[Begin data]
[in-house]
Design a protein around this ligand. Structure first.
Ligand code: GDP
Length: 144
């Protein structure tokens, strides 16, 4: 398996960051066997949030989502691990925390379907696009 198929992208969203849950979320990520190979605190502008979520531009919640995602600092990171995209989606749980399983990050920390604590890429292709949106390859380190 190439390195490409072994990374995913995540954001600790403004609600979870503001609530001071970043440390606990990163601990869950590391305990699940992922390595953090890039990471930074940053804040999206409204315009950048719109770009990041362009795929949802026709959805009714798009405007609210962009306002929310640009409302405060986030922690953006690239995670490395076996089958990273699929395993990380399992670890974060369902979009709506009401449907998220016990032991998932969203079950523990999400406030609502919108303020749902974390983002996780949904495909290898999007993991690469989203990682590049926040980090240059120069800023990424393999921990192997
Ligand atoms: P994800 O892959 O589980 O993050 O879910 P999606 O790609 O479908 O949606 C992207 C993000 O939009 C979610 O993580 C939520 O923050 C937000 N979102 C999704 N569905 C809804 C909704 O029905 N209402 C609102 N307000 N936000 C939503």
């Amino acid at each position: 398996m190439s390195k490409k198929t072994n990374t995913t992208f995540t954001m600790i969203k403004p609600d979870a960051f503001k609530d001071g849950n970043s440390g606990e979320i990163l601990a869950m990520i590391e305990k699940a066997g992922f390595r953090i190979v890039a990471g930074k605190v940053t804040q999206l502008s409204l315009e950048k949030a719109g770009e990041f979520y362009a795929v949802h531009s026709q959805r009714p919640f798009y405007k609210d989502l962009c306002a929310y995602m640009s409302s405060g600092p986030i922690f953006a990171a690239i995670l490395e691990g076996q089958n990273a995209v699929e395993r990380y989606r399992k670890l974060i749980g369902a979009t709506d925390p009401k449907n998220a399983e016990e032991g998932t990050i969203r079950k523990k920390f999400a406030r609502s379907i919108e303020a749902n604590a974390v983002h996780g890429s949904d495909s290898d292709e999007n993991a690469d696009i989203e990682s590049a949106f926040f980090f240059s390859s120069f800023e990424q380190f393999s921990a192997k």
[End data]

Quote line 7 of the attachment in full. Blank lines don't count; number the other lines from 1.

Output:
């Amino acid at each position: 398996m190439s390195k490409k198929t072994n990374t995913t992208f995540t954001m600790i969203k403004p609600d979870a960051f503001k609530d001071g849950n970043s440390g606990e979320i990163l601990a869950m990520i590391e305990k699940a066997g992922f390595r953090i190979v890039a990471g930074k605190v940053t804040q999206l502008s409204l315009e950048k949030a719109g770009e990041f979520y362009a795929v949802h531009s026709q959805r009714p919640f798009y405007k609210d989502l962009c306002a929310y995602m640009s409302s405060g600092p986030i922690f953006a990171a690239i995670l490395e691990g076996q089958n990273a995209v699929e395993r990380y989606r399992k670890l974060i749980g369902a979009t709506d925390p009401k449907n998220a399983e016990e032991g998932t990050i969203r079950k523990k920390f999400a406030r609502s379907i919108e303020a749902n604590a974390v983002h996780g890429s949904d495909s290898d292709e999007n993991a690469d696009i989203e990682s590049a949106f926040f980090f240059s390859s120069f800023e990424q380190f393999s921990a192997k």